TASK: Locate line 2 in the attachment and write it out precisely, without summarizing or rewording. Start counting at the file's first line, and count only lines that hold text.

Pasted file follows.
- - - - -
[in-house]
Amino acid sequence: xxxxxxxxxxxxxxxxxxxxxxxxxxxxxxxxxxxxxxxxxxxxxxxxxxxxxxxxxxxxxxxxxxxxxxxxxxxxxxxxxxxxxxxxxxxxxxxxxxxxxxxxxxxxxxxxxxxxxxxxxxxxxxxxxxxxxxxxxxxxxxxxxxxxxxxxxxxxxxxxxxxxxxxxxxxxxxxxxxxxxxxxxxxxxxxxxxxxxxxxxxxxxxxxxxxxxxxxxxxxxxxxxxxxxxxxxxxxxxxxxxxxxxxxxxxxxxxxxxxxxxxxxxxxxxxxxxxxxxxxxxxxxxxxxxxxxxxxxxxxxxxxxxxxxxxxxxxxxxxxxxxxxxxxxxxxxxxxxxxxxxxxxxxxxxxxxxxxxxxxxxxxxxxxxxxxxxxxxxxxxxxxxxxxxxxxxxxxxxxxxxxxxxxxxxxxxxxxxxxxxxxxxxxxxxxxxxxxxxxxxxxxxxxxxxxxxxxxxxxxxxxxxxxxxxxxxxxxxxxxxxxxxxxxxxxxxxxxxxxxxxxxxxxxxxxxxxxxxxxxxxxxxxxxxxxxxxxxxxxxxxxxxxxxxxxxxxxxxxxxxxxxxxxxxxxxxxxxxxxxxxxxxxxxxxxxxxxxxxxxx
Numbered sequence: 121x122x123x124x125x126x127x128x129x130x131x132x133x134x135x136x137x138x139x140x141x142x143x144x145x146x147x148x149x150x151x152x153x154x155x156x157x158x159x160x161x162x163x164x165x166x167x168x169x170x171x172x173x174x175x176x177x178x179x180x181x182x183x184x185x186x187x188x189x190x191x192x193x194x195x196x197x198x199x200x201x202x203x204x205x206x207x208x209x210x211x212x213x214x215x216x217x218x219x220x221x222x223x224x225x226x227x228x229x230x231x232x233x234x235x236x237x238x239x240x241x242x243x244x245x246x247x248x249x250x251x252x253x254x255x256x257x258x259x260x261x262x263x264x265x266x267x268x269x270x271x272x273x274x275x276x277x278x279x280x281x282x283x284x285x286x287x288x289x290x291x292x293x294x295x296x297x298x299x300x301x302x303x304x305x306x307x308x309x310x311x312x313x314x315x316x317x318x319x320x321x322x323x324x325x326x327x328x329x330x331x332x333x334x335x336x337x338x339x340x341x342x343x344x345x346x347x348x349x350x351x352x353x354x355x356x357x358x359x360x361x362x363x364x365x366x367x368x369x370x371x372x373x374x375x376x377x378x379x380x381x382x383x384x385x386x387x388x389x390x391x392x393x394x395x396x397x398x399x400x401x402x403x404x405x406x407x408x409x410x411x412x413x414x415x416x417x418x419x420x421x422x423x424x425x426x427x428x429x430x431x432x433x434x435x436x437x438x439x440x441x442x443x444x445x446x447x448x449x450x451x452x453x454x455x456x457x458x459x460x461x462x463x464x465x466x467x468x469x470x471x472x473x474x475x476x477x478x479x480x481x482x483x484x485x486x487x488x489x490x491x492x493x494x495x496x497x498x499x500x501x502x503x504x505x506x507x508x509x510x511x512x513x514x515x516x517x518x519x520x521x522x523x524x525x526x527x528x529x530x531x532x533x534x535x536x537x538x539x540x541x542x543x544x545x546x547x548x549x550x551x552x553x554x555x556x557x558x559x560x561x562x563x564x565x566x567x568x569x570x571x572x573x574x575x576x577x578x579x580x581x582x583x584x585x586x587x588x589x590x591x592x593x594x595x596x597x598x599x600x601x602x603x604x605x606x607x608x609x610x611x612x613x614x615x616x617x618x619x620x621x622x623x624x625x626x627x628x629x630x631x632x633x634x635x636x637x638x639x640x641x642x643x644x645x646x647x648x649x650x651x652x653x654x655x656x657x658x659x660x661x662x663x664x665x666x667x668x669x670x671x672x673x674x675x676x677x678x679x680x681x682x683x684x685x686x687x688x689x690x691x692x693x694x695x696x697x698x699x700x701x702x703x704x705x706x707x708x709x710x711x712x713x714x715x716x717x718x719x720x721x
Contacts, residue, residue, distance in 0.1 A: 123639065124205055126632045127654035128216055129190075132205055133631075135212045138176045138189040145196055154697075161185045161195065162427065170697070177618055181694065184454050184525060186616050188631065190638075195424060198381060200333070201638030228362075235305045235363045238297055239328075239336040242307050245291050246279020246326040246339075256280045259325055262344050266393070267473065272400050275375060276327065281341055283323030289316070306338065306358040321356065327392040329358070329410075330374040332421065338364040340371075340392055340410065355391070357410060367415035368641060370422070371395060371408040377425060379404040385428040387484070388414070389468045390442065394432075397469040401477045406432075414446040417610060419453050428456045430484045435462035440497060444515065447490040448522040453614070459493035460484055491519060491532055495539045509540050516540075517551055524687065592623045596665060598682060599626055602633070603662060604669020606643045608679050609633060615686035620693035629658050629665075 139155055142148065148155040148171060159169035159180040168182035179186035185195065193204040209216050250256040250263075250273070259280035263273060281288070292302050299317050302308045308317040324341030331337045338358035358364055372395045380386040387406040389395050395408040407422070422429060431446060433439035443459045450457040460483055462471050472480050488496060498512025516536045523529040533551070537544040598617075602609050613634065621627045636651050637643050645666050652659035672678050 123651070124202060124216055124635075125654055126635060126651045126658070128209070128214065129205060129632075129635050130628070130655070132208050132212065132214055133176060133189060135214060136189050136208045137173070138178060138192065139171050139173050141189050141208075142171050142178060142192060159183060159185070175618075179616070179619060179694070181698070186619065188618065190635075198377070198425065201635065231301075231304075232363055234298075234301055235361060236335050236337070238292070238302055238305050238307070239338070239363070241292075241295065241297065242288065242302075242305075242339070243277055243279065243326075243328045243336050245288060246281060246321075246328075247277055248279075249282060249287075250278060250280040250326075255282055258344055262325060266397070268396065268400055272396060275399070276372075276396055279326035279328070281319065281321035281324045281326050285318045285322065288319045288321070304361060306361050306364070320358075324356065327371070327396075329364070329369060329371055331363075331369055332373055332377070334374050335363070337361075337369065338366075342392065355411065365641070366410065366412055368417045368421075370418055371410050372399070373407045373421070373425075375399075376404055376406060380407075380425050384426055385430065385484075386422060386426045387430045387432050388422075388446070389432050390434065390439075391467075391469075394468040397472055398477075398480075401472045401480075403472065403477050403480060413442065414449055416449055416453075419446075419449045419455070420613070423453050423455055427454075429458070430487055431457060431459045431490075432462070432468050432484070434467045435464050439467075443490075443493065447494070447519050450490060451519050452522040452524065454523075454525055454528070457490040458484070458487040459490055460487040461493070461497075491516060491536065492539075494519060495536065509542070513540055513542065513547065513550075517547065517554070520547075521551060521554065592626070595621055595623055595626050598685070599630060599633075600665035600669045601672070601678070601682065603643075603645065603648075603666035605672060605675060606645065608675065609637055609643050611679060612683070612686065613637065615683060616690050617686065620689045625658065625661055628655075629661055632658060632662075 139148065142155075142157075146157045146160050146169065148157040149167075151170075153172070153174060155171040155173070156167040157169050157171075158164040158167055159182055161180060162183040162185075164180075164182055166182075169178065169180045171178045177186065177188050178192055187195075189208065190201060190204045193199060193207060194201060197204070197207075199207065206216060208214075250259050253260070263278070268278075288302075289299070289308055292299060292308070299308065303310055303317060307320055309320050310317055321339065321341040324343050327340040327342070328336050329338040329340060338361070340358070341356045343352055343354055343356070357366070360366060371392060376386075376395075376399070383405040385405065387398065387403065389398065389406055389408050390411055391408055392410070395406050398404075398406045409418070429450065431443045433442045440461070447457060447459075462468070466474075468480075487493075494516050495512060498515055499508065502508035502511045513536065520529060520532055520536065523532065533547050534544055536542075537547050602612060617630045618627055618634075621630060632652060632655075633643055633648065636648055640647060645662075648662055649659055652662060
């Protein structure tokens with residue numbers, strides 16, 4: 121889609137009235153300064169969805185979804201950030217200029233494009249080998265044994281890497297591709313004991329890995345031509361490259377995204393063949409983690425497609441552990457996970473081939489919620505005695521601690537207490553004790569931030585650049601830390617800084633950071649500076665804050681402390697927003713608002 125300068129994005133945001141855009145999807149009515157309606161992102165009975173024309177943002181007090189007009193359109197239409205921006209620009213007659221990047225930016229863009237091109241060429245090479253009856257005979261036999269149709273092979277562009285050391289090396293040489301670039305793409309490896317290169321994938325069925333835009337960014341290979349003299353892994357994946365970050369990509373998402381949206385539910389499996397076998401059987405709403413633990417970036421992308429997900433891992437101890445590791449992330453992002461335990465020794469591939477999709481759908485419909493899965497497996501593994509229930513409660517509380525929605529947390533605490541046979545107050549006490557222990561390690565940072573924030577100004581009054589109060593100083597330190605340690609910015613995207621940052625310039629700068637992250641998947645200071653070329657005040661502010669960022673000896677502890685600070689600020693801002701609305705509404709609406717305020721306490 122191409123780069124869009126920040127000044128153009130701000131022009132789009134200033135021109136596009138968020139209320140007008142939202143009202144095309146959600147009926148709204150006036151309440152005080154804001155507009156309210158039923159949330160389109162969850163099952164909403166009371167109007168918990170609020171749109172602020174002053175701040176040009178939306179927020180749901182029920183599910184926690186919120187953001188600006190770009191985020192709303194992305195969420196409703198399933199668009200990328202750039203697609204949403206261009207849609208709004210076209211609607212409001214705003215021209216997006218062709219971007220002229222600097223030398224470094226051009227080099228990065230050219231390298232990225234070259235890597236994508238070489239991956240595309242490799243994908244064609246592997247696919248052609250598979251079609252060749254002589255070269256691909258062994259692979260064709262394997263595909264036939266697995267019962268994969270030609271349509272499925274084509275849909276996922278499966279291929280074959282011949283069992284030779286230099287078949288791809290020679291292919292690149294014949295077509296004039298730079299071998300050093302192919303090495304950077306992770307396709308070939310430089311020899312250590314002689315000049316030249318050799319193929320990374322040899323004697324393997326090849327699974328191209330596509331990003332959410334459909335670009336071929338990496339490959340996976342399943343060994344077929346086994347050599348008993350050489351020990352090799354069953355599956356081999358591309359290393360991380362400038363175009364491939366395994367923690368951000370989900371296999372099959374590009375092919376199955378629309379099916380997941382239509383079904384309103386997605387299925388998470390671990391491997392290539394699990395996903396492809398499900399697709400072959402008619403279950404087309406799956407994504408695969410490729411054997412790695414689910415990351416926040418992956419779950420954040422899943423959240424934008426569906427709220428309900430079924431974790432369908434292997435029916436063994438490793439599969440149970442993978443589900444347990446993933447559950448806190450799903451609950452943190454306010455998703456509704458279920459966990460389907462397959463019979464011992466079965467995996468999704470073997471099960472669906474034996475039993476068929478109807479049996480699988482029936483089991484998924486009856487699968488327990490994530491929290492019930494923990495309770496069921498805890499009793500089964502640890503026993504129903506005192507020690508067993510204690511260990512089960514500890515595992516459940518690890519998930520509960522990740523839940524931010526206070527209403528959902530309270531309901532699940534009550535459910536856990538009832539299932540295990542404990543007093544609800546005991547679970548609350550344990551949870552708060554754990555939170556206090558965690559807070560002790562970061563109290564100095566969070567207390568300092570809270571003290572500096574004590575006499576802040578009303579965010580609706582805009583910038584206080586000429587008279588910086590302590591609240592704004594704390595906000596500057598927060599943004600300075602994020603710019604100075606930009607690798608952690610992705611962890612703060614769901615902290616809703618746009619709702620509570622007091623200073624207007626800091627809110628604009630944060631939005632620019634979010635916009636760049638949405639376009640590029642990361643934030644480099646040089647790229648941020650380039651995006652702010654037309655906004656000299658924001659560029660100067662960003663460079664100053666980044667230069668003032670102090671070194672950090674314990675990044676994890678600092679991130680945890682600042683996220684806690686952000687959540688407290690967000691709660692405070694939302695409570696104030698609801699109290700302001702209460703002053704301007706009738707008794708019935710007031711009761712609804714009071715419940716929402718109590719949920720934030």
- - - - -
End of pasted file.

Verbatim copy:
Amino acid sequence: xxxxxxxxxxxxxxxxxxxxxxxxxxxxxxxxxxxxxxxxxxxxxxxxxxxxxxxxxxxxxxxxxxxxxxxxxxxxxxxxxxxxxxxxxxxxxxxxxxxxxxxxxxxxxxxxxxxxxxxxxxxxxxxxxxxxxxxxxxxxxxxxxxxxxxxxxxxxxxxxxxxxxxxxxxxxxxxxxxxxxxxxxxxxxxxxxxxxxxxxxxxxxxxxxxxxxxxxxxxxxxxxxxxxxxxxxxxxxxxxxxxxxxxxxxxxxxxxxxxxxxxxxxxxxxxxxxxxxxxxxxxxxxxxxxxxxxxxxxxxxxxxxxxxxxxxxxxxxxxxxxxxxxxxxxxxxxxxxxxxxxxxxxxxxxxxxxxxxxxxxxxxxxxxxxxxxxxxxxxxxxxxxxxxxxxxxxxxxxxxxxxxxxxxxxxxxxxxxxxxxxxxxxxxxxxxxxxxxxxxxxxxxxxxxxxxxxxxxxxxxxxxxxxxxxxxxxxxxxxxxxxxxxxxxxxxxxxxxxxxxxxxxxxxxxxxxxxxxxxxxxxxxxxxxxxxxxxxxxxxxxxxxxxxxxxxxxxxxxxxxxxxxxxxxxxxxxxxxxxxxxxxxxxxxxxxxxxxxxxxx